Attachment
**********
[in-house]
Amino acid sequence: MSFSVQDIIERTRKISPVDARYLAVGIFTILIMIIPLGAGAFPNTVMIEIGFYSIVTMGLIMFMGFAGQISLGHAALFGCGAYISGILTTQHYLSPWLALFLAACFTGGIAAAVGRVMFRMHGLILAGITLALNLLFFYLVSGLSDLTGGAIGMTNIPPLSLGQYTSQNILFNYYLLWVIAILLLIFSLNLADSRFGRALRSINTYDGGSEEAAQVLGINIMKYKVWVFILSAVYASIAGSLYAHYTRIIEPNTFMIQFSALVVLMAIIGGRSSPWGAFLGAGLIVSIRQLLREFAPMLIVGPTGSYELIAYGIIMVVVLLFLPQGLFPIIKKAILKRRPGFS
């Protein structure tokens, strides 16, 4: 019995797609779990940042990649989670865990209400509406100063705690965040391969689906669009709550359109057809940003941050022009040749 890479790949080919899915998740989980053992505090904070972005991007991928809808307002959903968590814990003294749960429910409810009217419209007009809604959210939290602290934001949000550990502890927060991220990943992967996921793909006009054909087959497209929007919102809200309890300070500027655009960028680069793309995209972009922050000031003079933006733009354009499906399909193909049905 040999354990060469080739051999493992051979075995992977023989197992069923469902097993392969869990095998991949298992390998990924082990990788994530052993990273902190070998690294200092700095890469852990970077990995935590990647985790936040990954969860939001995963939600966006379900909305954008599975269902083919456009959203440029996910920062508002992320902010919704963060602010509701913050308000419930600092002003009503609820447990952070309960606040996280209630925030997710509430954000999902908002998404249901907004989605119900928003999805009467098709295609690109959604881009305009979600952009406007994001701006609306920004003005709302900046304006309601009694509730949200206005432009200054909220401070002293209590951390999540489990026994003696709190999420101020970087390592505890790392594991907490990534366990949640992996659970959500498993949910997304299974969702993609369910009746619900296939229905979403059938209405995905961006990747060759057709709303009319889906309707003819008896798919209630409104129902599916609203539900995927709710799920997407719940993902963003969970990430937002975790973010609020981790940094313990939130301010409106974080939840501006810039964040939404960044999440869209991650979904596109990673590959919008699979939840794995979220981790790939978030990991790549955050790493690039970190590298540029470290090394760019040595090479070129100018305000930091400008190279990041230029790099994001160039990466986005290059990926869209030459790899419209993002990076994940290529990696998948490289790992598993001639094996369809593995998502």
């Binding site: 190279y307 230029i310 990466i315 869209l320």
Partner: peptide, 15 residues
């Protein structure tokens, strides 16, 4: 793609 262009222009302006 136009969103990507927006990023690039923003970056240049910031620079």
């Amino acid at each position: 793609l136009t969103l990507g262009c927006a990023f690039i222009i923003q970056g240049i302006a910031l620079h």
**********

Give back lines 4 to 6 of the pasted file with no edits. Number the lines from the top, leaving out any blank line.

């Binding site: 190279y307 230029i310 990466i315 869209l320």
Partner: peptide, 15 residues
């Protein structure tokens, strides 16, 4: 793609 262009222009302006 136009969103990507927006990023690039923003970056240049910031620079």